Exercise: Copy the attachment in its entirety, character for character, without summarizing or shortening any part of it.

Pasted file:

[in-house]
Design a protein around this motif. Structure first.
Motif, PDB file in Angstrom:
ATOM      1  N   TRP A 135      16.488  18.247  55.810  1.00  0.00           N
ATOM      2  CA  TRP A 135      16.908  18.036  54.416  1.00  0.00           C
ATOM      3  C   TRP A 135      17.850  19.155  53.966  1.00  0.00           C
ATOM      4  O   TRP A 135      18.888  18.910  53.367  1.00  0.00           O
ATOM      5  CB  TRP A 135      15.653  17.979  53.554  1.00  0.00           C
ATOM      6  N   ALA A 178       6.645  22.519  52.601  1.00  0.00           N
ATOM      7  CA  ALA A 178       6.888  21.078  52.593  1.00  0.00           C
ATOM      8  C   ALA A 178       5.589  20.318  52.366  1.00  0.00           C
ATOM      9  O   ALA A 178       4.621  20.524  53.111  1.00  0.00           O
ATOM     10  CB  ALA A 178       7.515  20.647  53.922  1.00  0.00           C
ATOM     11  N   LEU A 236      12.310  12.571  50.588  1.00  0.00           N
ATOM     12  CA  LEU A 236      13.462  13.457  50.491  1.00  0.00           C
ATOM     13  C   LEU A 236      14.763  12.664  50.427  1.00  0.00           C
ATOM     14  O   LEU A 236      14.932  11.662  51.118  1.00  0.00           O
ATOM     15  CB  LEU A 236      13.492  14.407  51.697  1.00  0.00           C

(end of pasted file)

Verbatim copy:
[in-house]
Design a protein around this motif. Structure first.
Motif, PDB file in Angstrom:
ATOM      1  N   TRP A 135      16.488  18.247  55.810  1.00  0.00           N
ATOM      2  CA  TRP A 135      16.908  18.036  54.416  1.00  0.00           C
ATOM      3  C   TRP A 135      17.850  19.155  53.966  1.00  0.00           C
ATOM      4  O   TRP A 135      18.888  18.910  53.367  1.00  0.00           O
ATOM      5  CB  TRP A 135      15.653  17.979  53.554  1.00  0.00           C
ATOM      6  N   ALA A 178       6.645  22.519  52.601  1.00  0.00           N
ATOM      7  CA  ALA A 178       6.888  21.078  52.593  1.00  0.00           C
ATOM      8  C   ALA A 178       5.589  20.318  52.366  1.00  0.00           C
ATOM      9  O   ALA A 178       4.621  20.524  53.111  1.00  0.00           O
ATOM     10  CB  ALA A 178       7.515  20.647  53.922  1.00  0.00           C
ATOM     11  N   LEU A 236      12.310  12.571  50.588  1.00  0.00           N
ATOM     12  CA  LEU A 236      13.462  13.457  50.491  1.00  0.00           C
ATOM     13  C   LEU A 236      14.763  12.664  50.427  1.00  0.00           C
ATOM     14  O   LEU A 236      14.932  11.662  51.118  1.00  0.00           O
ATOM     15  CB  LEU A 236      13.492  14.407  51.697  1.00  0.00           C